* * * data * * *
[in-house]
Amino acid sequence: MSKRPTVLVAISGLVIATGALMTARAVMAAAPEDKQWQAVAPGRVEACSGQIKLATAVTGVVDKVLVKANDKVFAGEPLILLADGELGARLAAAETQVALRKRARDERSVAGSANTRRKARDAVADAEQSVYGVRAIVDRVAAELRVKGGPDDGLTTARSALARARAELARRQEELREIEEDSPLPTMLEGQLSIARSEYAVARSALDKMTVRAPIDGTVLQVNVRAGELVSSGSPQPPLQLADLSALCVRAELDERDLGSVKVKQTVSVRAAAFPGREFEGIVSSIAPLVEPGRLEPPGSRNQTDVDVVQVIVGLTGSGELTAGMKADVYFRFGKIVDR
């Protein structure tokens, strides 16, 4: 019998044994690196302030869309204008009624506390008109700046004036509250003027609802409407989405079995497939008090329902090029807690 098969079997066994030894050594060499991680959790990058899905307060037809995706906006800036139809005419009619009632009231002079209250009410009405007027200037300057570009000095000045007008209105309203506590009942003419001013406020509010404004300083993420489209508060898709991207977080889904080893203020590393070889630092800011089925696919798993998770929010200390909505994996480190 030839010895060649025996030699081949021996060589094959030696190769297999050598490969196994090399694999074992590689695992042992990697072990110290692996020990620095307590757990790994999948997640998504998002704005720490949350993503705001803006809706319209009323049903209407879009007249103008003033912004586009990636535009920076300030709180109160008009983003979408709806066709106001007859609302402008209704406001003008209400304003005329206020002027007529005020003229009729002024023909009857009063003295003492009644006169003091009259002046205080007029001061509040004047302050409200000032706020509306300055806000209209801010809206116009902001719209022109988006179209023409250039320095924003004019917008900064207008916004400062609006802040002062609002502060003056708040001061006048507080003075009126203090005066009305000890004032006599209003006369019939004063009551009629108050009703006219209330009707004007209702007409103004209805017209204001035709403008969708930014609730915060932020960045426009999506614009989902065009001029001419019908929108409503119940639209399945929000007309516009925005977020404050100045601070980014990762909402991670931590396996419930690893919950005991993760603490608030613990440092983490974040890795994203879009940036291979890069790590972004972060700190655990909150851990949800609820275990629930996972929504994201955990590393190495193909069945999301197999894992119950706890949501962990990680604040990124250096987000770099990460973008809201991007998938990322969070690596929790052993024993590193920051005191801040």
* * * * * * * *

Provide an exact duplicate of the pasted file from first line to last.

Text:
[in-house]
Amino acid sequence: MSKRPTVLVAISGLVIATGALMTARAVMAAAPEDKQWQAVAPGRVEACSGQIKLATAVTGVVDKVLVKANDKVFAGEPLILLADGELGARLAAAETQVALRKRARDERSVAGSANTRRKARDAVADAEQSVYGVRAIVDRVAAELRVKGGPDDGLTTARSALARARAELARRQEELREIEEDSPLPTMLEGQLSIARSEYAVARSALDKMTVRAPIDGTVLQVNVRAGELVSSGSPQPPLQLADLSALCVRAELDERDLGSVKVKQTVSVRAAAFPGREFEGIVSSIAPLVEPGRLEPPGSRNQTDVDVVQVIVGLTGSGELTAGMKADVYFRFGKIVDR
């Protein structure tokens, strides 16, 4: 019998044994690196302030869309204008009624506390008109700046004036509250003027609802409407989405079995497939008090329902090029807690 098969079997066994030894050594060499991680959790990058899905307060037809995706906006800036139809005419009619009632009231002079209250009410009405007027200037300057570009000095000045007008209105309203506590009942003419001013406020509010404004300083993420489209508060898709991207977080889904080893203020590393070889630092800011089925696919798993998770929010200390909505994996480190 030839010895060649025996030699081949021996060589094959030696190769297999050598490969196994090399694999074992590689695992042992990697072990110290692996020990620095307590757990790994999948997640998504998002704005720490949350993503705001803006809706319209009323049903209407879009007249103008003033912004586009990636535009920076300030709180109160008009983003979408709806066709106001007859609302402008209704406001003008209400304003005329206020002027007529005020003229009729002024023909009857009063003295003492009644006169003091009259002046205080007029001061509040004047302050409200000032706020509306300055806000209209801010809206116009902001719209022109988006179209023409250039320095924003004019917008900064207008916004400062609006802040002062609002502060003056708040001061006048507080003075009126203090005066009305000890004032006599209003006369019939004063009551009629108050009703006219209330009707004007209702007409103004209805017209204001035709403008969708930014609730915060932020960045426009999506614009989902065009001029001419019908929108409503119940639209399945929000007309516009925005977020404050100045601070980014990762909402991670931590396996419930690893919950005991993760603490608030613990440092983490974040890795994203879009940036291979890069790590972004972060700190655990909150851990949800609820275990629930996972929504994201955990590393190495193909069945999301197999894992119950706890949501962990990680604040990124250096987000770099990460973008809201991007998938990322969070690596929790052993024993590193920051005191801040």